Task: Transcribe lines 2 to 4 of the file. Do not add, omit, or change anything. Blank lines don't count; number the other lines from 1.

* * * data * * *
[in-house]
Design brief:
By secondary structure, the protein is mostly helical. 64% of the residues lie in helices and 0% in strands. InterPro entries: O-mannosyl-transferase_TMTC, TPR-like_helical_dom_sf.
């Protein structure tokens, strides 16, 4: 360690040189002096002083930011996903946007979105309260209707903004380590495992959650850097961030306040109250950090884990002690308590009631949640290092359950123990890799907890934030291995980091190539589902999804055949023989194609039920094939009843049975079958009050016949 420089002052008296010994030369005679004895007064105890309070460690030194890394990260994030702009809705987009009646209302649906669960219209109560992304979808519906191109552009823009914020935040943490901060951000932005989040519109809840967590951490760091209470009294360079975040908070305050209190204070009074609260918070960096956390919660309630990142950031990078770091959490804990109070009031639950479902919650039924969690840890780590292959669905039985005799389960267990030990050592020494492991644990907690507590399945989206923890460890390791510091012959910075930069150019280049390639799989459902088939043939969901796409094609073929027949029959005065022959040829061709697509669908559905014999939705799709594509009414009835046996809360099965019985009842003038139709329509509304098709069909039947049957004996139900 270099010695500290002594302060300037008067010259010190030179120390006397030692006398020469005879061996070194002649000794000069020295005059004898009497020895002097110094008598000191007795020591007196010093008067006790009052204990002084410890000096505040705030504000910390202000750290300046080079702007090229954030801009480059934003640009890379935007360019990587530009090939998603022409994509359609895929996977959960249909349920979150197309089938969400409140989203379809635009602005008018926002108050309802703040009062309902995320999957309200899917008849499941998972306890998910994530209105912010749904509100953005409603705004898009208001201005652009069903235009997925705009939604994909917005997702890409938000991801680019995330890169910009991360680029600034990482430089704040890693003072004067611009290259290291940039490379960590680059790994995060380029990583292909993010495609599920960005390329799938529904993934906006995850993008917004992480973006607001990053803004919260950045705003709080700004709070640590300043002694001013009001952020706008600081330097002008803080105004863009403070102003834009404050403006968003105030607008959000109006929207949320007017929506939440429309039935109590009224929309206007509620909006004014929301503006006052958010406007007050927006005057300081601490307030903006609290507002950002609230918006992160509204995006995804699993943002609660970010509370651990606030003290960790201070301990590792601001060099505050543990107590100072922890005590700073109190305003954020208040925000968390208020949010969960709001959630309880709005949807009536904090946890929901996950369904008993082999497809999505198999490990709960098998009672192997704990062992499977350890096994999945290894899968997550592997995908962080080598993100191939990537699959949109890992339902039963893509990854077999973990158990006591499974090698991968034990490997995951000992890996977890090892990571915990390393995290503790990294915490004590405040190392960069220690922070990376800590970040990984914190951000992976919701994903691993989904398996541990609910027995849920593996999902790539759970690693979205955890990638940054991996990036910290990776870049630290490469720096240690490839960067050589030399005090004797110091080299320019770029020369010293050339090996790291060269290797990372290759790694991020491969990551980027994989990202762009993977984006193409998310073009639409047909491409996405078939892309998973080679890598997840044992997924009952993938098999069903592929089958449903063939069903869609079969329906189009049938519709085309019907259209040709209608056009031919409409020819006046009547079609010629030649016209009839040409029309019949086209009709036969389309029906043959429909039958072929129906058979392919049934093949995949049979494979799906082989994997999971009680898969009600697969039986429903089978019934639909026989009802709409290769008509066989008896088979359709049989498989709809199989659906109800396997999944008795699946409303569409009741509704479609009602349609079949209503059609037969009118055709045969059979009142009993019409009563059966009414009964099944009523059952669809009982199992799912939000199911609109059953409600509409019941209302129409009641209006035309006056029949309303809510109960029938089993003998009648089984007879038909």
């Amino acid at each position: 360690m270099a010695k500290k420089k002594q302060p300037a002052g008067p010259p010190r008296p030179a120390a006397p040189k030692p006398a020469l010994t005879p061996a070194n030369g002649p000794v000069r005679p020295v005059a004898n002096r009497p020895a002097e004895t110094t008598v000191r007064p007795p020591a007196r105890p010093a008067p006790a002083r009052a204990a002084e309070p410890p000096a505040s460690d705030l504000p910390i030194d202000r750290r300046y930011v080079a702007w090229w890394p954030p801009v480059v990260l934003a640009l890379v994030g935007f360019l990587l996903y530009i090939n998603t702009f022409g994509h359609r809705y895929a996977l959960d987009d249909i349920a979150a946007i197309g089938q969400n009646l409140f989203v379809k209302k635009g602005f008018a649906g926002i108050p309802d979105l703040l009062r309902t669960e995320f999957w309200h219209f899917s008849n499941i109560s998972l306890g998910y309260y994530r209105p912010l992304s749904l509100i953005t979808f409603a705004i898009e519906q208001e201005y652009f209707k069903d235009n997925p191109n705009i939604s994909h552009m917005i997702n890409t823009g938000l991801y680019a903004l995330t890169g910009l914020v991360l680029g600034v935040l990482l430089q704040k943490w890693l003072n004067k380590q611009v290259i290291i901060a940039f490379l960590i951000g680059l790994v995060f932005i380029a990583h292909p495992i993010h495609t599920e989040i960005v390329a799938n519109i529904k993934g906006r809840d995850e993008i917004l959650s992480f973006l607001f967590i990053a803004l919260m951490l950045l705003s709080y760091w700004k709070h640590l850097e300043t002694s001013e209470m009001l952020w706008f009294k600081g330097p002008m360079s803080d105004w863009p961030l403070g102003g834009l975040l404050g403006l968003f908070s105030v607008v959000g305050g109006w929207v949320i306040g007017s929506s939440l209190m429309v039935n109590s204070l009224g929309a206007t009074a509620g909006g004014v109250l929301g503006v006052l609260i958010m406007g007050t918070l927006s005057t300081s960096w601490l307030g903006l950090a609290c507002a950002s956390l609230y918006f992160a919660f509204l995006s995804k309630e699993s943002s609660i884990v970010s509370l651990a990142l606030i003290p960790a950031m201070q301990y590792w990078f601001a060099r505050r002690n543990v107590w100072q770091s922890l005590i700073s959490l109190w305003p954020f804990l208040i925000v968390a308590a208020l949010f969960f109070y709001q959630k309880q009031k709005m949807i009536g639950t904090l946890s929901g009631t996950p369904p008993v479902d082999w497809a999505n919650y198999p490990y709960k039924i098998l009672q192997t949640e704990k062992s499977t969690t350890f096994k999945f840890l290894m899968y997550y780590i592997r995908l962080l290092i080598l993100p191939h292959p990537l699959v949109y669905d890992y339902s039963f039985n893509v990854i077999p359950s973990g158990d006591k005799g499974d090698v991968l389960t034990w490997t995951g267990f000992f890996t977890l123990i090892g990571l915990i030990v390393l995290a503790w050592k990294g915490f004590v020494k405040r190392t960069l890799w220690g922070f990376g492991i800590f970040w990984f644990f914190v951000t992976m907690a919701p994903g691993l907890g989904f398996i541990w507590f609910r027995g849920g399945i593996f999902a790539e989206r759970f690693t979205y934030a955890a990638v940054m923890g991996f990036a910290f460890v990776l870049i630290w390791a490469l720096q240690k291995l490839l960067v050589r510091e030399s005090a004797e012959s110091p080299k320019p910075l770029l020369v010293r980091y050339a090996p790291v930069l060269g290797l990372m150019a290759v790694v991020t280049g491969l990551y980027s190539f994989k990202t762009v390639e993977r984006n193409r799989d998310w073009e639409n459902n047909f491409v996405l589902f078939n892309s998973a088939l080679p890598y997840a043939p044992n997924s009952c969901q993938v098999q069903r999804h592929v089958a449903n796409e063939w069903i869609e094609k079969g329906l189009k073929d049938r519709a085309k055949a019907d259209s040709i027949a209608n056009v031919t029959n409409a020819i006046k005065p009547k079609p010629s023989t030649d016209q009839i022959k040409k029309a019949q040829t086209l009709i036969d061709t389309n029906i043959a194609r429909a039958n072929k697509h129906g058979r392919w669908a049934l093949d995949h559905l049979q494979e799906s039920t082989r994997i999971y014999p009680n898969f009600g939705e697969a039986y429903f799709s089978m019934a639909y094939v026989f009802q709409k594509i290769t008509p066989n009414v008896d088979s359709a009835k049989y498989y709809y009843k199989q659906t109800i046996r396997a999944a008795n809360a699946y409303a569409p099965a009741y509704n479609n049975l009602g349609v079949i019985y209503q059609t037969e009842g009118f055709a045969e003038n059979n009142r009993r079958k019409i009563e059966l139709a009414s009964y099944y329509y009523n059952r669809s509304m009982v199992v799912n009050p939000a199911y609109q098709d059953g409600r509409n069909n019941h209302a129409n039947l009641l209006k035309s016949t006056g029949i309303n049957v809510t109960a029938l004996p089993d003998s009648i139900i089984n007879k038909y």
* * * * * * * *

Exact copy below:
Design brief:
By secondary structure, the protein is mostly helical. 64% of the residues lie in helices and 0% in strands. InterPro entries: O-mannosyl-transferase_TMTC, TPR-like_helical_dom_sf.
């Protein structure tokens, strides 16, 4: 360690040189002096002083930011996903946007979105309260209707903004380590495992959650850097961030306040109250950090884990002690308590009631949640290092359950123990890799907890934030291995980091190539589902999804055949023989194609039920094939009843049975079958009050016949 420089002052008296010994030369005679004895007064105890309070460690030194890394990260994030702009809705987009009646209302649906669960219209109560992304979808519906191109552009823009914020935040943490901060951000932005989040519109809840967590951490760091209470009294360079975040908070305050209190204070009074609260918070960096956390919660309630990142950031990078770091959490804990109070009031639950479902919650039924969690840890780590292959669905039985005799389960267990030990050592020494492991644990907690507590399945989206923890460890390791510091012959910075930069150019280049390639799989459902088939043939969901796409094609073929027949029959005065022959040829061709697509669908559905014999939705799709594509009414009835046996809360099965019985009842003038139709329509509304098709069909039947049957004996139900 270099010695500290002594302060300037008067010259010190030179120390006397030692006398020469005879061996070194002649000794000069020295005059004898009497020895002097110094008598000191007795020591007196010093008067006790009052204990002084410890000096505040705030504000910390202000750290300046080079702007090229954030801009480059934003640009890379935007360019990587530009090939998603022409994509359609895929996977959960249909349920979150197309089938969400409140989203379809635009602005008018926002108050309802703040009062309902995320999957309200899917008849499941998972306890998910994530209105912010749904509100953005409603705004898009208001201005652009069903235009997925705009939604994909917005997702890409938000991801680019995330890169910009991360680029600034990482430089704040890693003072004067611009290259290291940039490379960590680059790994995060380029990583292909993010495609599920960005390329799938529904993934906006995850993008917004992480973006607001990053803004919260950045705003709080700004709070640590300043002694001013009001952020706008600081330097002008803080105004863009403070102003834009404050403006968003105030607008959000109006929207949320007017929506939440429309039935109590009224929309206007509620909006004014929301503006006052958010406007007050927006005057300081601490307030903006609290507002950002609230918006992160509204995006995804699993943002609660970010509370651990606030003290960790201070301990590792601001060099505050543990107590100072922890005590700073109190305003954020208040925000968390208020949010969960709001959630309880709005949807009536904090946890929901996950369904008993082999497809999505198999490990709960098998009672192997704990062992499977350890096994999945290894899968997550592997995908962080080598993100191939990537699959949109890992339902039963893509990854077999973990158990006591499974090698991968034990490997995951000992890996977890090892990571915990390393995290503790990294915490004590405040190392960069220690922070990376800590970040990984914190951000992976919701994903691993989904398996541990609910027995849920593996999902790539759970690693979205955890990638940054991996990036910290990776870049630290490469720096240690490839960067050589030399005090004797110091080299320019770029020369010293050339090996790291060269290797990372290759790694991020491969990551980027994989990202762009993977984006193409998310073009639409047909491409996405078939892309998973080679890598997840044992997924009952993938098999069903592929089958449903063939069903869609079969329906189009049938519709085309019907259209040709209608056009031919409409020819006046009547079609010629030649016209009839040409029309019949086209009709036969389309029906043959429909039958072929129906058979392919049934093949995949049979494979799906082989994997999971009680898969009600697969039986429903089978019934639909026989009802709409290769008509066989008896088979359709049989498989709809199989659906109800396997999944008795699946409303569409009741509704479609009602349609079949209503059609037969009118055709045969059979009142009993019409009563059966009414009964099944009523059952669809009982199992799912939000199911609109059953409600509409019941209302129409009641209006035309006056029949309303809510109960029938089993003998009648089984007879038909």